The logic of the Exhibit Hall is that you buy demo space by the square foot and you pay for it with the money you make by selling the products you have on display. But the Exhibit Hall is not the only way to run events for our games, nor even the best environment in which to enjoy them. The events we do, like the Big Experiment and the Pop-Tart Cafe are really the most fun, and do a much better job of conveying the fun of Looney gaming than does our sales booth in the Exhibit Hall, even when we pay extra for more space in which to run in-booth gaming. (Last year at Origins we built a 400 square foot giant Icehouse arena next to our booth inside the Exhibit Hall, and it was very cool, but sales were about the same as the previous year.)

This year finds us particularly dreading the upcoming task of building and running a series of sales booths. As regular readers know, we are preparing to uproot ourselves and move, and as we pack up our lives it will be an even greater challenge than usual to run booths at all the big trade shows. We also haven't replaced our van yet, and not having a van makes a trade show much harder.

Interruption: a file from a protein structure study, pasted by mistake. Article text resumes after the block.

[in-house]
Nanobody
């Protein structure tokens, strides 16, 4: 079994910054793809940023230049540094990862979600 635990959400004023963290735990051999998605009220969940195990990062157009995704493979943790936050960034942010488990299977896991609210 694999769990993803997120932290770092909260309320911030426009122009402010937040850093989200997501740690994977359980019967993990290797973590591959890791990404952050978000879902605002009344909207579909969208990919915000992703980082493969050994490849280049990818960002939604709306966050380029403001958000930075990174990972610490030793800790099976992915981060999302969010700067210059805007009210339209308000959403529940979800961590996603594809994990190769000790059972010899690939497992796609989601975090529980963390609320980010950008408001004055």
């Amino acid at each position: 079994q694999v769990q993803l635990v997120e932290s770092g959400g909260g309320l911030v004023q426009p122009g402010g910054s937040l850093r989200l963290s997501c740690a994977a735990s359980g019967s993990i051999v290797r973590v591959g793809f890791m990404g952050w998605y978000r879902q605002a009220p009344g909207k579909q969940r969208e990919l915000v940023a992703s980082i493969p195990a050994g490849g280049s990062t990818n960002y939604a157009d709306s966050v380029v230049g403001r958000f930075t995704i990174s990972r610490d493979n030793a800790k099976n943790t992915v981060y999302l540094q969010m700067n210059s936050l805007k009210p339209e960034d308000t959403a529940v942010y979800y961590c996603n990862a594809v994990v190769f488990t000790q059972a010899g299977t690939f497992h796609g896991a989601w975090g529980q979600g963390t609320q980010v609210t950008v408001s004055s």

And the thing is, there are lots of vendors who already sell our products at trade shows. All game convention Exhibit Halls (and most sci-fi con Huckster's Rooms as well) have at least one (if not several) booths that are just like hobby game stores which sell a little bit of every type of game from all sorts of different manufacturers. At the three big consumer shows we do each year (Origins, GenCon, and Dragon*Con) these folks normally can't sell our games, since we are there selling them and convention contracts routinely include an "exclusivity clause" that bars retail vendors from selling a product in their booth if the manufacturer of that product is also exhibiting.